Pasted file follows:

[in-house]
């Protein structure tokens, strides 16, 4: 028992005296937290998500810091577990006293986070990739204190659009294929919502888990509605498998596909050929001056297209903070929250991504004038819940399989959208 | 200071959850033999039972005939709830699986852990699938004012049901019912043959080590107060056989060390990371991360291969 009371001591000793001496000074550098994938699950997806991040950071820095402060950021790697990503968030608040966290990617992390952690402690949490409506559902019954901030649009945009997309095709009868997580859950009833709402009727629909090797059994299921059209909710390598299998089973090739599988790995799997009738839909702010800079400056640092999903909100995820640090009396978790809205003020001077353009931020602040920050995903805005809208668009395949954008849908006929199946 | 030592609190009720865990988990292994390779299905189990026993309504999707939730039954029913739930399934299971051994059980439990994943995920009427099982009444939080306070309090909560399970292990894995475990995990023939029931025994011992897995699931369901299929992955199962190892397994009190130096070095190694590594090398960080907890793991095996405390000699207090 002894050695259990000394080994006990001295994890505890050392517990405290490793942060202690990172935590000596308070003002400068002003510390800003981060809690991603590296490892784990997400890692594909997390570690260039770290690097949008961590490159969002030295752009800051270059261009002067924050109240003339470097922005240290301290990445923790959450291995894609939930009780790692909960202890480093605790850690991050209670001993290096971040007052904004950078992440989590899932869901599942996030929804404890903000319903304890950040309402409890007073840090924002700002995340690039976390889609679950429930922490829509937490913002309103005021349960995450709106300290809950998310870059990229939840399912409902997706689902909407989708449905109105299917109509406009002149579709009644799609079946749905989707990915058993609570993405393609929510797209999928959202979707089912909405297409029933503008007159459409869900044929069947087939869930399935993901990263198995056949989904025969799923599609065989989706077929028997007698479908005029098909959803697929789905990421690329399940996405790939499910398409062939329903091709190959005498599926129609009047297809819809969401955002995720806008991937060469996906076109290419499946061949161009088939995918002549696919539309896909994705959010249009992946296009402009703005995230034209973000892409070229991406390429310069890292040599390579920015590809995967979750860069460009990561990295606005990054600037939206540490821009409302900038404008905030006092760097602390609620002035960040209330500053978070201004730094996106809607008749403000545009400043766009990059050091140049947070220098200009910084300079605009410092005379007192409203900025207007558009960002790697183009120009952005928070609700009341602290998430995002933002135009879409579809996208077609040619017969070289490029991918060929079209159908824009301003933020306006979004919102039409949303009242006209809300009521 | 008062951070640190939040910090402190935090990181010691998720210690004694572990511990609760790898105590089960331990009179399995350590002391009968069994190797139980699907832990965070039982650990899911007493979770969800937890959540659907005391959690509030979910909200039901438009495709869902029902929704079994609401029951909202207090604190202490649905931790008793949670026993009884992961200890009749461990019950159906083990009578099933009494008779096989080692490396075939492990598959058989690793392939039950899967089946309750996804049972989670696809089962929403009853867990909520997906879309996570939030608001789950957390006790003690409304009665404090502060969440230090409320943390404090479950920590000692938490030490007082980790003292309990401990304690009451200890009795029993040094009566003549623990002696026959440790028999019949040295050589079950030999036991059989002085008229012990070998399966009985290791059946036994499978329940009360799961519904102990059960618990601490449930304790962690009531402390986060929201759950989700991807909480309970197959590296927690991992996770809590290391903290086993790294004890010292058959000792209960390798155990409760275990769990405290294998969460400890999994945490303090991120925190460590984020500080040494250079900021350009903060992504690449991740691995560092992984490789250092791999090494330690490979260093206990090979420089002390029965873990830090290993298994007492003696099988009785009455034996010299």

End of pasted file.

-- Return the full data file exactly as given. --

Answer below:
[in-house]
């Protein structure tokens, strides 16, 4: 028992005296937290998500810091577990006293986070990739204190659009294929919502888990509605498998596909050929001056297209903070929250991504004038819940399989959208 | 200071959850033999039972005939709830699986852990699938004012049901019912043959080590107060056989060390990371991360291969 009371001591000793001496000074550098994938699950997806991040950071820095402060950021790697990503968030608040966290990617992390952690402690949490409506559902019954901030649009945009997309095709009868997580859950009833709402009727629909090797059994299921059209909710390598299998089973090739599988790995799997009738839909702010800079400056640092999903909100995820640090009396978790809205003020001077353009931020602040920050995903805005809208668009395949954008849908006929199946 | 030592609190009720865990988990292994390779299905189990026993309504999707939730039954029913739930399934299971051994059980439990994943995920009427099982009444939080306070309090909560399970292990894995475990995990023939029931025994011992897995699931369901299929992955199962190892397994009190130096070095190694590594090398960080907890793991095996405390000699207090 002894050695259990000394080994006990001295994890505890050392517990405290490793942060202690990172935590000596308070003002400068002003510390800003981060809690991603590296490892784990997400890692594909997390570690260039770290690097949008961590490159969002030295752009800051270059261009002067924050109240003339470097922005240290301290990445923790959450291995894609939930009780790692909960202890480093605790850690991050209670001993290096971040007052904004950078992440989590899932869901599942996030929804404890903000319903304890950040309402409890007073840090924002700002995340690039976390889609679950429930922490829509937490913002309103005021349960995450709106300290809950998310870059990229939840399912409902997706689902909407989708449905109105299917109509406009002149579709009644799609079946749905989707990915058993609570993405393609929510797209999928959202979707089912909405297409029933503008007159459409869900044929069947087939869930399935993901990263198995056949989904025969799923599609065989989706077929028997007698479908005029098909959803697929789905990421690329399940996405790939499910398409062939329903091709190959005498599926129609009047297809819809969401955002995720806008991937060469996906076109290419499946061949161009088939995918002549696919539309896909994705959010249009992946296009402009703005995230034209973000892409070229991406390429310069890292040599390579920015590809995967979750860069460009990561990295606005990054600037939206540490821009409302900038404008905030006092760097602390609620002035960040209330500053978070201004730094996106809607008749403000545009400043766009990059050091140049947070220098200009910084300079605009410092005379007192409203900025207007558009960002790697183009120009952005928070609700009341602290998430995002933002135009879409579809996208077609040619017969070289490029991918060929079209159908824009301003933020306006979004919102039409949303009242006209809300009521 | 008062951070640190939040910090402190935090990181010691998720210690004694572990511990609760790898105590089960331990009179399995350590002391009968069994190797139980699907832990965070039982650990899911007493979770969800937890959540659907005391959690509030979910909200039901438009495709869902029902929704079994609401029951909202207090604190202490649905931790008793949670026993009884992961200890009749461990019950159906083990009578099933009494008779096989080692490396075939492990598959058989690793392939039950899967089946309750996804049972989670696809089962929403009853867990909520997906879309996570939030608001789950957390006790003690409304009665404090502060969440230090409320943390404090479950920590000692938490030490007082980790003292309990401990304690009451200890009795029993040094009566003549623990002696026959440790028999019949040295050589079950030999036991059989002085008229012990070998399966009985290791059946036994499978329940009360799961519904102990059960618990601490449930304790962690009531402390986060929201759950989700991807909480309970197959590296927690991992996770809590290391903290086993790294004890010292058959000792209960390798155990409760275990769990405290294998969460400890999994945490303090991120925190460590984020500080040494250079900021350009903060992504690449991740691995560092992984490789250092791999090494330690490979260093206990090979420089002390029965873990830090290993298994007492003696099988009785009455034996010299």